# Gorenstein varieties: why the two definitions are equivalent?

There are two definitions of Gorenstein singularities in the literature. Using Grothendieck's (or Serre's) duality, one defines the "dualizing sheaf" an object $$\hat K_M$$ of derived category of coherent sheaves such that $$H^n(\hat K_M)=C$$ and the multiplication $$H^i(M, B) \times H^{n-i}(RHom^*(B, \hat K_M))\to H^n(\hat K_M)=C$$ defines a perfect pairing on the cohomology. Then $$M$$ is Gorenstein if $$\hat K_M$$ is a line bundle. This is the definition used in Hartshorne, Wikipedia, Stacks Project, Kollar-Mori and so on.

This is a stronger form of Cauhen-Macaulay property, which assumes that the complex of sheaves $$\hat K_M$$ is a coherent sheaf, that is, a complex of coherent sheaves quasi-isomorphic to a complex concentrated in one degree.

In their book "Toric varieties" Cox, Little and Schenck define a Gorenstein variety as the one with Cartier canonical bundle. The canonical bundle of a normal variety is defined as the reflexization of the sheaf of top-degree differential forms. In particular, this implies the Gorenstein property for all normal varieties with trivial canonical bundle outside of singularities. This definition is used in some other papers on toric geometry, and in papers on Sasakian geometry, for example Gauntlett, Martelli, Sparks, Yau "Obstructions to the Existence of Sasaki-Einstein Metrics".

Curiously enough, Cox, Little and Schenck use the usual definition of Cohen-Macaulay singularities (in another chapter) and never mention that Gorenstein singularities are a special case of Cohen-Macaulay. They also say (when defining the Gorenstein singularities) that there are other definitions around, and give a reference to Hartshorne. I suppose that they meant to say that their definition is equivalent to the standard, in particular, implies the Cohen-Macaulay property, but they never claim or prove it, as far as I can see.

I want a reference to the equivalence of these two notions. I think I have a vague idea how to prove it, but I am sure it is written up somewhere, maybe not in full generality (I need it only for isolated canonical singularities anyway).

I would say that definition of Gorenstein given in Hartshorne etc. is the correct one; it certainly doesn't require normality. For example, a singular plane curve is Gorenstein in this sense, but not in the second "CLS" sense. However, if $$M$$ is Cohen-Macaulay and normal, then the dualizing sheaf agrees with the canonical sheaf as defined in your second paragraph, i.e. $$(\Omega_M^{\dim M})^{**}$$. Under these assumptions, the two definitions of Gorenstein agree. It's conceivable that there may exist a normal variety satisfying the second version of Gorenstein and not the first. I don't have a counterexample.

(I will try to dig up some references later.)

• Many thanks! I just need a reference to the most restrictive form of the statement, with isolated, normal, canonical singularity of Calabi-Yau type. However, the definition in Cox-Little-Schenk already assumes normality, so (even if there are non-normal examples) there are no contradictions. Nov 3, 2021 at 12:47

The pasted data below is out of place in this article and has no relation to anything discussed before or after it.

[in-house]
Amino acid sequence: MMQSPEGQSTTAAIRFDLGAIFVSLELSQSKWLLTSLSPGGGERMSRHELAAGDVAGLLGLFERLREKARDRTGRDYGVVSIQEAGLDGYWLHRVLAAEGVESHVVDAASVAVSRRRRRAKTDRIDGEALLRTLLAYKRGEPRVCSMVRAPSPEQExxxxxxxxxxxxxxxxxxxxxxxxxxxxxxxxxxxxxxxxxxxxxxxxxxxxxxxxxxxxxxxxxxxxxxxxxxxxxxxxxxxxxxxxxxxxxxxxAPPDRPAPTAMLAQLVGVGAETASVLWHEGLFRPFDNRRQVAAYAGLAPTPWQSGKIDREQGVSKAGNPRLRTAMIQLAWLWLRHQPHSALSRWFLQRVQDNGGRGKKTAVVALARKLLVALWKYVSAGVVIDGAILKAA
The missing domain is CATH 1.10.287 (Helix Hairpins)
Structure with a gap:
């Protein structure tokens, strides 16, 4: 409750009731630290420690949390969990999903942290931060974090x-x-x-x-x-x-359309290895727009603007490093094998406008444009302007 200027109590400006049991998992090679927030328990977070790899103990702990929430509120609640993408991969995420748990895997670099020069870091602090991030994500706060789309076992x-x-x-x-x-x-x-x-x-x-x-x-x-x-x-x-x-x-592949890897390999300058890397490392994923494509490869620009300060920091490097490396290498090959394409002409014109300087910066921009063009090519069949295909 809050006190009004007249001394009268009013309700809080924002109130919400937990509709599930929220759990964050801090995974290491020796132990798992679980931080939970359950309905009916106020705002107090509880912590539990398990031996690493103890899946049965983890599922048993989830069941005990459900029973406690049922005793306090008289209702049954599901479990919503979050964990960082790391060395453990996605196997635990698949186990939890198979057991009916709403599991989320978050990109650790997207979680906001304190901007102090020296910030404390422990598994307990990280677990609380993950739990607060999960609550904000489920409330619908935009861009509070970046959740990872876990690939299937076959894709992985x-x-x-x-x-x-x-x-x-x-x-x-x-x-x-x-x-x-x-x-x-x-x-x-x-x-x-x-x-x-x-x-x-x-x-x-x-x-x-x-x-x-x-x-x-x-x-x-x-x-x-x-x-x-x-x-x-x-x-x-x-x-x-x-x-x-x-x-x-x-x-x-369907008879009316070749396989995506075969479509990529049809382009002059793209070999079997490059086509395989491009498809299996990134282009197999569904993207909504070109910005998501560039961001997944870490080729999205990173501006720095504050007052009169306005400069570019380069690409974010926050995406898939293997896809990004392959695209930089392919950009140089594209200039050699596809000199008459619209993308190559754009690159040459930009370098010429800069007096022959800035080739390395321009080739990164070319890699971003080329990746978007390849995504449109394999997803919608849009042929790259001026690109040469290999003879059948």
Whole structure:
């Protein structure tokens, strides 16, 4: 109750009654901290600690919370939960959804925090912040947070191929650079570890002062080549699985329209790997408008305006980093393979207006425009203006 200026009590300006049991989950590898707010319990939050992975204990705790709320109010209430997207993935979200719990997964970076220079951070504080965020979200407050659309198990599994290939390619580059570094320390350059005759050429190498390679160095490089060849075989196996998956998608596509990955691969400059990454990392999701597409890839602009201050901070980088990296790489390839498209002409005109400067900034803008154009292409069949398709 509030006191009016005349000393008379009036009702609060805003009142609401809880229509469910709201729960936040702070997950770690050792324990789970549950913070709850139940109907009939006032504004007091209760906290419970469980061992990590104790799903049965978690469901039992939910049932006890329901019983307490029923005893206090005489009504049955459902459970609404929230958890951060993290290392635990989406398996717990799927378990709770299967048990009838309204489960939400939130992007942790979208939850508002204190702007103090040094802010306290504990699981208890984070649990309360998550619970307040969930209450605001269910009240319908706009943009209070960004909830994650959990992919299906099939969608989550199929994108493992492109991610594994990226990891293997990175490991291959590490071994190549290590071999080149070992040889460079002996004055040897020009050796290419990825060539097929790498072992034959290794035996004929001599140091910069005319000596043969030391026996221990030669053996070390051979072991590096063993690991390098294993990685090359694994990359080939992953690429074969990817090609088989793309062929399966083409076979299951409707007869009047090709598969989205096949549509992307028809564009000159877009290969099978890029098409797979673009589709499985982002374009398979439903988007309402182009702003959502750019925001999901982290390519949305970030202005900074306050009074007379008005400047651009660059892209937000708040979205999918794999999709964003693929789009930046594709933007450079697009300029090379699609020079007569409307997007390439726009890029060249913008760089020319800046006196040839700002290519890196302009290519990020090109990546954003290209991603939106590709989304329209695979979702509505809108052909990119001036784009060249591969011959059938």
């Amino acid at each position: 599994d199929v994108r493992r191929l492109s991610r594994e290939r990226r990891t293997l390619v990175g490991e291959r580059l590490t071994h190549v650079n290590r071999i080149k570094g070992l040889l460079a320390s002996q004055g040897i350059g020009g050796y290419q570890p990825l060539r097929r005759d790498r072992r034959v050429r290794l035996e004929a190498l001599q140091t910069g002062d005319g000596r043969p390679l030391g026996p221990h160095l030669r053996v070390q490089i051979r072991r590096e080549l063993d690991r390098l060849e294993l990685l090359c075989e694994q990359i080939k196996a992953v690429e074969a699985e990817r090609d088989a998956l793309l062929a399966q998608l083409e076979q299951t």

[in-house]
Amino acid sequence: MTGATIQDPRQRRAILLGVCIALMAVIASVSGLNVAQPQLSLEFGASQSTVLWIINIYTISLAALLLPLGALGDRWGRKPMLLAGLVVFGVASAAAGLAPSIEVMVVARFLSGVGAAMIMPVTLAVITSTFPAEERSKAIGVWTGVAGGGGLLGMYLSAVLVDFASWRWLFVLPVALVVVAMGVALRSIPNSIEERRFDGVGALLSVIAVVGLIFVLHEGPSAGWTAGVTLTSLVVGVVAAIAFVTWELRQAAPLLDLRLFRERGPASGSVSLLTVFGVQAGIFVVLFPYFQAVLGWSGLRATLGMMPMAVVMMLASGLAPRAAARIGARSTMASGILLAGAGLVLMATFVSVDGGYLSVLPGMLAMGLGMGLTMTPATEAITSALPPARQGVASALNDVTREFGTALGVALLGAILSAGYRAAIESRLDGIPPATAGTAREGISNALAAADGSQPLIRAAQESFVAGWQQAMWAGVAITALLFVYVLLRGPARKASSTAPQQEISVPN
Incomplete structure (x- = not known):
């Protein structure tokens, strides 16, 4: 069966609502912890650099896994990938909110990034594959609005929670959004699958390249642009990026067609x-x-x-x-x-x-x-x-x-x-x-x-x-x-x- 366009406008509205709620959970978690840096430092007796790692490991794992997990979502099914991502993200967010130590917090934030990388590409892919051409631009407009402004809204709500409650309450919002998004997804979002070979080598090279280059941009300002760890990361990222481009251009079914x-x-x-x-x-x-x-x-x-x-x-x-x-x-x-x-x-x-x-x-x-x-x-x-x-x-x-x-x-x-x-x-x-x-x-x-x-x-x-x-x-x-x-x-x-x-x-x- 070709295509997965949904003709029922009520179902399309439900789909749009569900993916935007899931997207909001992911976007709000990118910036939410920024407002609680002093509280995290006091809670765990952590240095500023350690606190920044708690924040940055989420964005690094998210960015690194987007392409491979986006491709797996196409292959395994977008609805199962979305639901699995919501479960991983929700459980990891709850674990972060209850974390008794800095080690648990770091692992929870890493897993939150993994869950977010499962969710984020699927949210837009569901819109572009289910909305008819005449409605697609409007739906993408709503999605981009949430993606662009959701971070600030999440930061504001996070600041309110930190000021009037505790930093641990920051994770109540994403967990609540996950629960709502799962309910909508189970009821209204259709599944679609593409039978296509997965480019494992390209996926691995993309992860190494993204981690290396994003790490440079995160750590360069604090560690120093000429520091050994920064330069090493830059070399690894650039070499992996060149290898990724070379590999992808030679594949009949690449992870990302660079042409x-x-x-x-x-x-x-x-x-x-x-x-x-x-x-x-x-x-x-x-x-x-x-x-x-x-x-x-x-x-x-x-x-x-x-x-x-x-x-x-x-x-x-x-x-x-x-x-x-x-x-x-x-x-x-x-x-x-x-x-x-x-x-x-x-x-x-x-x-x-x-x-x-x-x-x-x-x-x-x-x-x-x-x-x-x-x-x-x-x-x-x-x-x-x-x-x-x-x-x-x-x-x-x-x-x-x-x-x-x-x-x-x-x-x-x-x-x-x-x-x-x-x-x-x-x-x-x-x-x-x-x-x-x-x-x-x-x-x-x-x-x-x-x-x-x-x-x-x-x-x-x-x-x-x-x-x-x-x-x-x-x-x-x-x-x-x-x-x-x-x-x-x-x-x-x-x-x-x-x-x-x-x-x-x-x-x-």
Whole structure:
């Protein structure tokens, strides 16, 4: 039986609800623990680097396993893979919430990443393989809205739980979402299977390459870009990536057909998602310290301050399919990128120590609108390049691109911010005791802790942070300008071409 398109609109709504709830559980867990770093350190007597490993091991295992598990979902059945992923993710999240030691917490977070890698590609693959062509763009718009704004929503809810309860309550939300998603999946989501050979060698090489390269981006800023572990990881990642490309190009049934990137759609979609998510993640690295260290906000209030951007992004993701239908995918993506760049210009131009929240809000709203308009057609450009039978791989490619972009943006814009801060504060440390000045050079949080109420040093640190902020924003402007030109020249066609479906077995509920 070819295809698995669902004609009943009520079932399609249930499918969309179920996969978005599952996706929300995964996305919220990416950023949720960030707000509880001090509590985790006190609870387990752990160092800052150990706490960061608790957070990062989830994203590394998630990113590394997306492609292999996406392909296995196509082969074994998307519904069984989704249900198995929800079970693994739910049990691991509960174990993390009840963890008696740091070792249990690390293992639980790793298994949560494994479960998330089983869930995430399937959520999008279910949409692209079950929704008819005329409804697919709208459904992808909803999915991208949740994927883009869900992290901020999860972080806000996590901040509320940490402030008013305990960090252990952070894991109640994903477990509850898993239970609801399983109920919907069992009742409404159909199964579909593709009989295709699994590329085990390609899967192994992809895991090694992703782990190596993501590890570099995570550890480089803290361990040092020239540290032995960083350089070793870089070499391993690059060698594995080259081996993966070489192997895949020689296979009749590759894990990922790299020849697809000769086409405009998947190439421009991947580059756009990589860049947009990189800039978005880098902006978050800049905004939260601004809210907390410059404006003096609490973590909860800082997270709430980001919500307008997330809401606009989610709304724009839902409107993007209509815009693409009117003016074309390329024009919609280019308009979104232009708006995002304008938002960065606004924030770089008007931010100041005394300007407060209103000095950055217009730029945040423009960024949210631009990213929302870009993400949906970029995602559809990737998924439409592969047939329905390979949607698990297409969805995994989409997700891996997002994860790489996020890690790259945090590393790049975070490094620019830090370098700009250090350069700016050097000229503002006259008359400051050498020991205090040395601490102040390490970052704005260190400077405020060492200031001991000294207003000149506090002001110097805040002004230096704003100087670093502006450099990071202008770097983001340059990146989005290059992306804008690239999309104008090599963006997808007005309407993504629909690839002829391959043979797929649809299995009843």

• However, Cox-Little-Schenk and Gauntlett, Martelli, Sparks, Yau nowhere assume that the singularity is Cohen-Macaulay. I thought it should follow from the rest of the assumptions, but in afterthought I am no longer sure it follows. Nov 3, 2021 at 12:54
• It is implicit in Gauntlett, Martelli, Sparks, Yau that the singularity is rational (they consider the cone of the anticanonical embedding of a smooth Fano manifold), and I suppose that in Cox-Little-Schenk it is toric, so maybe they factor this in, and silently assume the Cohen-Macaulay property. I am not sure if Cohen-Macaulay follows from toric or from rational, though. Nov 3, 2021 at 12:59
• Toric implies rational implies Cohen--Macaulay; this is in Kempf--Knudsen--Mumford--Saint-Donat. There do exist normal varieties that are Gorenstein in the CLS sense but not Cohen--Macaulay, such as cones over abelian varieties of dimension at least 2. For some other beautiful examples, see Freitag and Kiehl's paper on cusps of Hilbert modular varieties, Invent. Math. 24 (1974), 121–148. Nov 3, 2021 at 13:16
• many thanks! I would try to find the reference by googling Kempf--Knudsen--Mumford--Saint-Donat and in Freitag and Kiehl. Nov 3, 2021 at 16:15

As Donu mentioned, Gorenstein can be defined as Cohen-Macaulay and such that the canonical=dualizing sheaf is a line bundle. The point is that the dualizing complex is quasi-isomorphic to a sheaf if and only if the underlying scheme is Cohen-Macaulay and then that sheaf is isomorphic to the canonical sheaf. Being normal is actually not a requirement. Any plane curve is Gorenstein. An interesting simple example of a CM but not Gorenstein scheme is the union of three lines intersecting in a single point that do not lie in a single plane. Then you can project this to a plane so that it is an isomorphism on each line, but not on the union even though it is a 1-1 map. (It is not an isomorphism, because the image is Gorenstein)

There are many examples of singularities that have a trivial canonical sheaf but which are not CM and hence not Gorenstein. Perhaps the simplest is a cone over an abelian variety of dimension at least 2. The cone minus the vertex is an affine bundle over the abelian variety and hence has a trivial canonical sheaf and hence so is the canonical sheaf of the cone (The canonical sheaf is always $$S_2$$, so it is determined in codimension $$1$$). The reason it is not CM is that the middle cohomologies of the structure sheaf of the abelian variety will make the local cohomology modules non-zero at the vertex starting at $$i=2$$ pushing the depth down to $$2$$. (This is why you need the assumption on the dimension; if the abelian variety is a curve, then the cone is a surface, so depth $$2$$ is still CM).